Payment of royalties, rents and compensations a huge financial burden These provisions of the Bill are very onerous on mine developers and will cause significant financial strain. Under the Bill, GOI proposes a general increase in the amounts paid as royalty and dead rent (as the case may be) to the Central Government or state governments from the existing rates as per the Act.A lessee of a mining lease, in case of a major mineral is required to deposit with the state government an amount calculated at the rate of 1 lakh per hectare of the lease area payable in equal installments over the mining plan period as security.The Bill requires every mineral concession-holder to pay to every family holding occupation or usufruct or traditional rights of the surface of the land over which the licence has been granted, a reasonable annual compensation.

Concession-holders are required to pay the following amounts to the District Mineral Foundation, a trust established by the concerned state government with an objective to work for the interest and benefit of persons or families affected by mining activities in the district:

  1. in case of major minerals (except coal and lignite), an amount equivalent to the royalty paid during the financial year; and
  2. in case of coal and lignite, an amount equal to 26% of the profit after tax for the period immediately preceding financial year from mining.

The holder of a mining lease is required to allot at least 1 non-transferable share at par for consideration other than cash to each person of the family affected by mining-related operations.Every concession holder has to provide employment to the families affected by the mining activities in accordance with rehabilitation and resettlement policies.Upon termination of a mining lease, the lessee is obliged to compensate the land holder for any damage caused due to the mining activities.

The concerned state government should determine the compensation amount payable by the lessee. The Bill also empowers the concerned state government to take stringent action for non-payment of compensations under the Bill, including forfeiture of the security deposit and revocation of lease, etc. The Bill also empowers the Central Government and state governments to levy and collect cess on mining of major mineral in the nature of custom duty or excise duty, when the minerals are exported or sold.

Under the extent Foreign Trade Policy of India, mining is considered to be a manufacturing activity, and therefore, mining companies exporting ores and minerals can avail of any of the following schemes:

(i) Advance Authorization schemes;

(ii) Duty Free Import Authorization scheme;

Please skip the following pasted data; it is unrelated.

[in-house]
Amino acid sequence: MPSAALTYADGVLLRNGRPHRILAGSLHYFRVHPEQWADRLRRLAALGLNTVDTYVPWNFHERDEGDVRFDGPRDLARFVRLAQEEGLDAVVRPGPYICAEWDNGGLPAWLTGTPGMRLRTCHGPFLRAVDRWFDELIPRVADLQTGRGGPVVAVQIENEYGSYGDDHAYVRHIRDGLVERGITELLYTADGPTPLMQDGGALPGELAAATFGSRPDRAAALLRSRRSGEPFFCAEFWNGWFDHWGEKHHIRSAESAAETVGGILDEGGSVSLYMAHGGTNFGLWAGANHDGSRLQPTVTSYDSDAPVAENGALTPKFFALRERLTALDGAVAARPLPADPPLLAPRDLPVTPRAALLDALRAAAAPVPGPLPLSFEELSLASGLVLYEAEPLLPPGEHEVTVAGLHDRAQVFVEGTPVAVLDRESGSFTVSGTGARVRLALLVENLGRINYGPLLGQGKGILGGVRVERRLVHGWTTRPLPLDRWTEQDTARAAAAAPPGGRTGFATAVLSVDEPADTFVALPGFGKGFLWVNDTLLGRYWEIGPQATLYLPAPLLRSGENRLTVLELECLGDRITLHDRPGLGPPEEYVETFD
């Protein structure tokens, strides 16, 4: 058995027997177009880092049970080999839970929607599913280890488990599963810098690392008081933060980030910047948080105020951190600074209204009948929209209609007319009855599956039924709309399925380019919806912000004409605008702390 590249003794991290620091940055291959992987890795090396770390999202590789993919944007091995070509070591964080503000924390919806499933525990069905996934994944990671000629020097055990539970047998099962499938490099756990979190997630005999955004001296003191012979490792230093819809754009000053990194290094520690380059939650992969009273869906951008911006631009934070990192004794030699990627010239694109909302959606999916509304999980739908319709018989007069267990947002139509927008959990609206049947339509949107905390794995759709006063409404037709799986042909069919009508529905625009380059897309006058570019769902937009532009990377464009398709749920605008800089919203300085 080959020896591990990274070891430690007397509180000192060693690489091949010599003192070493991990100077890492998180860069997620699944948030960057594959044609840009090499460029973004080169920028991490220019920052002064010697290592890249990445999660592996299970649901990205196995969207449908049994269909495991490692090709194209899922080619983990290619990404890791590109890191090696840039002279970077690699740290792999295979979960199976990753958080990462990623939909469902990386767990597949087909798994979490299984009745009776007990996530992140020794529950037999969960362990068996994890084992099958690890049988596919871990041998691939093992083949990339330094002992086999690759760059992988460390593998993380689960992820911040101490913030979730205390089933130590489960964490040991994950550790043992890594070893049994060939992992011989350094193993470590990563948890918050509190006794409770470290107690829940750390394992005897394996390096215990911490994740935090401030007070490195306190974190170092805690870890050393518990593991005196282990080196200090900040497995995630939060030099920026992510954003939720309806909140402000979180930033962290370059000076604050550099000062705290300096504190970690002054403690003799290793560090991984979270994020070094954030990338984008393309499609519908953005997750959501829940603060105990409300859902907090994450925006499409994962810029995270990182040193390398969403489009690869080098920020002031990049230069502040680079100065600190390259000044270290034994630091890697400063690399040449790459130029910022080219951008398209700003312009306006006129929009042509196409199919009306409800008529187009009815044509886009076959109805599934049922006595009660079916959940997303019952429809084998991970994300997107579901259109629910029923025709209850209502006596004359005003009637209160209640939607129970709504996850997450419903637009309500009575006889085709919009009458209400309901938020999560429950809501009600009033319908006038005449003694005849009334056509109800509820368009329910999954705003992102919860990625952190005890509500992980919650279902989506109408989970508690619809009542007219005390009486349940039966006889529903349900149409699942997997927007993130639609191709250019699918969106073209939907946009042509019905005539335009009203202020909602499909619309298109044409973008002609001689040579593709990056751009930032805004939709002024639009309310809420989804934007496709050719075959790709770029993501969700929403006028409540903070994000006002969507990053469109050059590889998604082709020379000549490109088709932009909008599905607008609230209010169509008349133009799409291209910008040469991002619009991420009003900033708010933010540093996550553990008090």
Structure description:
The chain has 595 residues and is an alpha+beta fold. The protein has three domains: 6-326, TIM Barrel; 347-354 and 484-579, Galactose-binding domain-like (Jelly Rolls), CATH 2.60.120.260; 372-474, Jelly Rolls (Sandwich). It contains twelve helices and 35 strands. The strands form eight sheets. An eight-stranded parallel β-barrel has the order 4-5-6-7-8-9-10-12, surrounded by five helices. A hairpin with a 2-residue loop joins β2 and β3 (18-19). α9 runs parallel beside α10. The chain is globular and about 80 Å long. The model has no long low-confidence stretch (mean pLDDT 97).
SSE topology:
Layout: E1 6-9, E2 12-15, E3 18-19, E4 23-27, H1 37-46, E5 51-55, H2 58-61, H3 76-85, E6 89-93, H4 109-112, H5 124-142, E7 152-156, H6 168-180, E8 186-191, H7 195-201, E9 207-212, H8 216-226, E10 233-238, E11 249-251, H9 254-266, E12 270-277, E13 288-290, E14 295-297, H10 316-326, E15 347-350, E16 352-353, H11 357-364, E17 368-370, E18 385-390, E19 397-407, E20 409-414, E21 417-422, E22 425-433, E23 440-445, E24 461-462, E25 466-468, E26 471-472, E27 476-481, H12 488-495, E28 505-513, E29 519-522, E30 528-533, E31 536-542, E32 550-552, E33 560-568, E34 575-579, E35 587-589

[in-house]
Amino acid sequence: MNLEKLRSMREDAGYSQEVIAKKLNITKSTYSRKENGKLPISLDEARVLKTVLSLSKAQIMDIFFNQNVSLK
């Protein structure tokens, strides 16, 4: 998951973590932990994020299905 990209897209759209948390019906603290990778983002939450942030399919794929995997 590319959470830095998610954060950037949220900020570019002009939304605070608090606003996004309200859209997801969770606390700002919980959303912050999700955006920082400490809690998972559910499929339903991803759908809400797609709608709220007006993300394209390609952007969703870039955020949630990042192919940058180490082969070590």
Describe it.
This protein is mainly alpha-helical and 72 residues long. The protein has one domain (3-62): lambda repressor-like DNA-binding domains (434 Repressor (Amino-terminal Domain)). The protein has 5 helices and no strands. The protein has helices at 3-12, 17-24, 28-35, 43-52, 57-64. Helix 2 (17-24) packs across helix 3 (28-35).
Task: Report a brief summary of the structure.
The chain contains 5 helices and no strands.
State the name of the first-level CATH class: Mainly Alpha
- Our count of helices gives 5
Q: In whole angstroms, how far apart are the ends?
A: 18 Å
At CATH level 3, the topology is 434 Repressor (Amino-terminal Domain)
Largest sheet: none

(iii) Duty Exemption Passbook scheme; and

(iv) Duty Drawback scheme.

Regulatory agencies-Constitution of new national and regional bodies

The Bill empowers the Central Government to establish a body corporate to be named as the National Mining Regulatory Authority (NMRA) to perform various functions assigned under the Bill in relation to major minerals (other than coal). State governments may also establish corresponding state level regulatory authorities. Interestingly, the Central Government may supersede the NMRA for a period of 1 year and appoint a person to exercise its powers and discharge functions.

In addition, the Central Government can set up the National Mining Tribunal (National Tribunal) to exercise jurisdiction powers and authority conferred under the Bill. However, any order passed by the NMRA and the state regulatory agency shall not be subject to revision by the National Tribunal.

Taxation of Indian mining sector-an indicative list of applicable taxes and benefits

Export incentives

Under the extent Foreign Trade Policy of India, mining is considered to be a manufacturing activity, and therefore, mining companies exporting ores and minerals can avail of any of the following schemes: (i) Advance Authorization schemes; (ii) Duty Free Import Authorization scheme; (iii) Duty Exemption Passbook scheme; and (iv) Duty Drawback scheme. Under the 3% Concessional EPCG scheme, capital goods imported for mining would qualify for concessional rates of customs duty @ 3 % subject to certain export obligations being fulfilled. Capital goods and equipment imported for the purposes of a specific mining project also attracts customs duty at a lower rate of 10 %, subject to certain conditions.

Under the Finance Bill, 2012, capital goods being imported by the importer have been presently exempted from basic customs duty in order to boost the coal mining. Basic customs duty on capital goods and equipment imported for setting up or substantially expanding iron ore beneficiation or pellet plants and for surveying or prospecting mines have been reduced.Additionally, under Indian tax law, mining companies exporting minerals can avail of a deduction equivalent to the profits derived from such export in computation of their total income, subject to certain conditions.

Transfer pricing

The Finance Bill, 2012 has proposed to extend the transfer pricing regulations to the transactions entered into by domestic related parties (i.e. between related parties or other undertakings of the same entity), which exceed a monetary threshold of Rs. 5 crores (US$ 1 million approx.) in aggregate during the year.

Service tax

Services would include services provided to any person "in relation to" mining of minerals. The present rate of service tax that is applicable has been increased to 12.36% on the gross amount of taxable service.

Conclusion

Presently the Indian mining sector is going through a difficult time due to various political and regulatory uncertainties. On one hand, we are witnessing governments taking a pro-active role to develop the mining sector by liberalizing the foreign investment regime, bring in transparency in allotment of mines, enbling overseas borrowings and providing tax incentives, and on the other hand, proposing to enact the Bill which may render the Indian mining sector as one of the highest taxed in the world. As these costs will be passed on to domestic consumers, this could have a spiralling inflationary effect on the entire commodities sector and needs a rethink before their introduction.